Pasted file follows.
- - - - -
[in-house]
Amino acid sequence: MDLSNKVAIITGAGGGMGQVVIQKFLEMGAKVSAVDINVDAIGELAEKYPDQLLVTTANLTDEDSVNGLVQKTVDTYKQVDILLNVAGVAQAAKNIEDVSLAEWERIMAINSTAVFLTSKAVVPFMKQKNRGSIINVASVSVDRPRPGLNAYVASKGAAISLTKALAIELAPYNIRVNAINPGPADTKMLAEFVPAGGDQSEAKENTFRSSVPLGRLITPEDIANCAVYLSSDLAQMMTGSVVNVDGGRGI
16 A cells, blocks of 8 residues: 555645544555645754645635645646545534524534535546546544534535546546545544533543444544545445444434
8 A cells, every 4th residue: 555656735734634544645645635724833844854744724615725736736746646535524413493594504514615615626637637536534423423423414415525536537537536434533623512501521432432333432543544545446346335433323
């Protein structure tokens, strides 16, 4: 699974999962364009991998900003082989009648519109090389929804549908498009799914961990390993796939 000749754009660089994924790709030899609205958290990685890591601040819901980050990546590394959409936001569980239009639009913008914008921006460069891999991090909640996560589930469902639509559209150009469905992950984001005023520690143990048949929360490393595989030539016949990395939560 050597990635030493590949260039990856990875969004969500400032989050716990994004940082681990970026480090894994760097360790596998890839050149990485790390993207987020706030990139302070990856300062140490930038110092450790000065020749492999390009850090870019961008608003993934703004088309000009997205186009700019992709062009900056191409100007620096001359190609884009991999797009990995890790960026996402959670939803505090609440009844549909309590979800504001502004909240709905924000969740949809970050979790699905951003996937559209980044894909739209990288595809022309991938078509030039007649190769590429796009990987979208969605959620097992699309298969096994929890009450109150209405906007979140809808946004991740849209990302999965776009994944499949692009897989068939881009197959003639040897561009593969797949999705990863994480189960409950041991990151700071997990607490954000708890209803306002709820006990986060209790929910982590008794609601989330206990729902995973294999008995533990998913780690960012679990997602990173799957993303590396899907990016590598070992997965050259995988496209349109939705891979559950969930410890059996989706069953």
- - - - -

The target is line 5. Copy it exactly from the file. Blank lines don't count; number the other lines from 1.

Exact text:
């Protein structure tokens, strides 16, 4: 699974999962364009991998900003082989009648519109090389929804549908498009799914961990390993796939 000749754009660089994924790709030899609205958290990685890591601040819901980050990546590394959409936001569980239009639009913008914008921006460069891999991090909640996560589930469902639509559209150009469905992950984001005023520690143990048949929360490393595989030539016949990395939560 050597990635030493590949260039990856990875969004969500400032989050716990994004940082681990970026480090894994760097360790596998890839050149990485790390993207987020706030990139302070990856300062140490930038110092450790000065020749492999390009850090870019961008608003993934703004088309000009997205186009700019992709062009900056191409100007620096001359190609884009991999797009990995890790960026996402959670939803505090609440009844549909309590979800504001502004909240709905924000969740949809970050979790699905951003996937559209980044894909739209990288595809022309991938078509030039007649190769590429796009990987979208969605959620097992699309298969096994929890009450109150209405906007979140809808946004991740849209990302999965776009994944499949692009897989068939881009197959003639040897561009593969797949999705990863994480189960409950041991990151700071997990607490954000708890209803306002709820006990986060209790929910982590008794609601989330206990729902995973294999008995533990998913780690960012679990997602990173799957993303590396899907990016590598070992997965050259995988496209349109939705891979559950969930410890059996989706069953």